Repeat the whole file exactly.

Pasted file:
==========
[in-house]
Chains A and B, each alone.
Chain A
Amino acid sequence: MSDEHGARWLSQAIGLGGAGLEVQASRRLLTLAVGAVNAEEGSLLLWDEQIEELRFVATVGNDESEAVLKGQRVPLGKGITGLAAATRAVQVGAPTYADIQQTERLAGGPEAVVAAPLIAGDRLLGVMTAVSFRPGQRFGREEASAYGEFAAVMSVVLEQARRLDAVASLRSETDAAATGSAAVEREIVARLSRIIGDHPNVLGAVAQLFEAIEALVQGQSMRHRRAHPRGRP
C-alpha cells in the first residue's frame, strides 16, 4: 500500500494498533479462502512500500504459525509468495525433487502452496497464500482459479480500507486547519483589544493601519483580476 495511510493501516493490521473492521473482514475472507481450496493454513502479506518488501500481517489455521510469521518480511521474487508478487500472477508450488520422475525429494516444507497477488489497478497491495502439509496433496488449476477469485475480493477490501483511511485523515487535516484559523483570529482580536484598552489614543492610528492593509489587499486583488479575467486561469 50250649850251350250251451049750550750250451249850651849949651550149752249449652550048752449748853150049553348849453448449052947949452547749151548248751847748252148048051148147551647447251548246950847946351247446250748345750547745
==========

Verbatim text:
[in-house]
Chains A and B, each alone.
Chain A
Amino acid sequence: MSDEHGARWLSQAIGLGGAGLEVQASRRLLTLAVGAVNAEEGSLLLWDEQIEELRFVATVGNDESEAVLKGQRVPLGKGITGLAAATRAVQVGAPTYADIQQTERLAGGPEAVVAAPLIAGDRLLGVMTAVSFRPGQRFGREEASAYGEFAAVMSVVLEQARRLDAVASLRSETDAAATGSAAVEREIVARLSRIIGDHPNVLGAVAQLFEAIEALVQGQSMRHRRAHPRGRP
C-alpha cells in the first residue's frame, strides 16, 4: 500500500494498533479462502512500500504459525509468495525433487502452496497464500482459479480500507486547519483589544493601519483580476 495511510493501516493490521473492521473482514475472507481450496493454513502479506518488501500481517489455521510469521518480511521474487508478487500472477508450488520422475525429494516444507497477488489497478497491495502439509496433496488449476477469485475480493477490501483511511485523515487535516484559523483570529482580536484598552489614543492610528492593509489587499486583488479575467486561469 50250649850251350250251451049750550750250451249850651849949651550149752249449652550048752449748853150049553348849453448449052947949452547749151548248751847748252148048051148147551647447251548246950847946351247446250748345750547745